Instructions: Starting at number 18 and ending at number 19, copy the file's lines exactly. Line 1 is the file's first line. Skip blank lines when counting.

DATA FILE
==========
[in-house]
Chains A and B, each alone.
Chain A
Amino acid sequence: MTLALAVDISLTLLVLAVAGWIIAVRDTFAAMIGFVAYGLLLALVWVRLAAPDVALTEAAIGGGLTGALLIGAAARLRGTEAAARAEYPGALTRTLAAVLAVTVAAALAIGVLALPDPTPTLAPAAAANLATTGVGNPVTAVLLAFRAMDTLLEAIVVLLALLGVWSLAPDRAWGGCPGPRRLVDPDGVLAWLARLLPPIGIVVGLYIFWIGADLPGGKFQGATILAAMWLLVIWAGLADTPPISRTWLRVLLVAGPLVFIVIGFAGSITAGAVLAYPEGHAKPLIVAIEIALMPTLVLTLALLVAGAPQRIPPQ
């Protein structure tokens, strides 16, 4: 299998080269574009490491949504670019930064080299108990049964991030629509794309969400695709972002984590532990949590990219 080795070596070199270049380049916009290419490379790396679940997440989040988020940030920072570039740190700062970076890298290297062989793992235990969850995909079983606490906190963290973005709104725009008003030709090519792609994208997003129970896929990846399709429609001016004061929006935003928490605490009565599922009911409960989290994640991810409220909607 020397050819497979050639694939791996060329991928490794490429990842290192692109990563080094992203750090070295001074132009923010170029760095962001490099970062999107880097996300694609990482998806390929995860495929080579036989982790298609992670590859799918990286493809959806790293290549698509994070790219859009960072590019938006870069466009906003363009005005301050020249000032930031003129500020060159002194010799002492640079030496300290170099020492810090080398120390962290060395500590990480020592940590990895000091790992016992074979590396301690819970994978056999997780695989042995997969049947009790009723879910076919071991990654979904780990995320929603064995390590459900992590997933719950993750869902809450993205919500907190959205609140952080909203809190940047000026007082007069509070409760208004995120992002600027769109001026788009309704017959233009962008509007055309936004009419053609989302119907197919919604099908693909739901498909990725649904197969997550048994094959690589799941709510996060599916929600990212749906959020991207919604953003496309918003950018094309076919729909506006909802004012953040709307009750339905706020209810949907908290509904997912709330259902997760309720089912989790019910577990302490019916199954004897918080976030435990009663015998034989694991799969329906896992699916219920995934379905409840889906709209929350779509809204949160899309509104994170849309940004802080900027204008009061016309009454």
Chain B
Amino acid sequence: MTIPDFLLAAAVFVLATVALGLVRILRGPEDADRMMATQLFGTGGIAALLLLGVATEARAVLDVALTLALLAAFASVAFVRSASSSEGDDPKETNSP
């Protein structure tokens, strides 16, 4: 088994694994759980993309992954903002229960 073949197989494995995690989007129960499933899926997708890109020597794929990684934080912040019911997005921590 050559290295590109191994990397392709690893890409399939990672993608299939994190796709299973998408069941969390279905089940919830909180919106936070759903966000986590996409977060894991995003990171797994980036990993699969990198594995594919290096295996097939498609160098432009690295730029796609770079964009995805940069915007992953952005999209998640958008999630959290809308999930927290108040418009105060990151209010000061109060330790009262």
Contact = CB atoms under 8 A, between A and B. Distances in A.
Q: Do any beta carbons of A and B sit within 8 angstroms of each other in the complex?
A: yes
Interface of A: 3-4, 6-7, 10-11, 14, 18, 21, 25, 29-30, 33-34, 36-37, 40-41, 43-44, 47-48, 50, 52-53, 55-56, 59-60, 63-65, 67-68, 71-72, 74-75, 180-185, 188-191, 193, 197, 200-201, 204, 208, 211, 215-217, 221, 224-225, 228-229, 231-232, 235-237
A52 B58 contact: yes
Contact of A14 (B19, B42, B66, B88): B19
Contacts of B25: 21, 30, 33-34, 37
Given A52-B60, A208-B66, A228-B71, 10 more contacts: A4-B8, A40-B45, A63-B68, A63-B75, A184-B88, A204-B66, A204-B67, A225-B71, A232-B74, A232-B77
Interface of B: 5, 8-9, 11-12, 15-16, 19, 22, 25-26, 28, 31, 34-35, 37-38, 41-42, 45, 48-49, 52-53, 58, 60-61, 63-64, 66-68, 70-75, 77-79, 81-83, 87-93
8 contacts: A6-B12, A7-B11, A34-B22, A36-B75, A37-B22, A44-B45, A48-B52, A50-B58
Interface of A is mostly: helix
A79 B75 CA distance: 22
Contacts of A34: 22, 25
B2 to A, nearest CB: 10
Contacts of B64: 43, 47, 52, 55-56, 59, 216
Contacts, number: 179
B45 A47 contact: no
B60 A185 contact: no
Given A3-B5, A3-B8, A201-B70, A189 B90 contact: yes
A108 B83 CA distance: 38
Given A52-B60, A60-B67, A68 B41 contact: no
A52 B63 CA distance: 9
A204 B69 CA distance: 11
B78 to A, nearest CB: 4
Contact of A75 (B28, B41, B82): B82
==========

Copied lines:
8 contacts: A6-B12, A7-B11, A34-B22, A36-B75, A37-B22, A44-B45, A48-B52, A50-B58
Interface of A is mostly: helix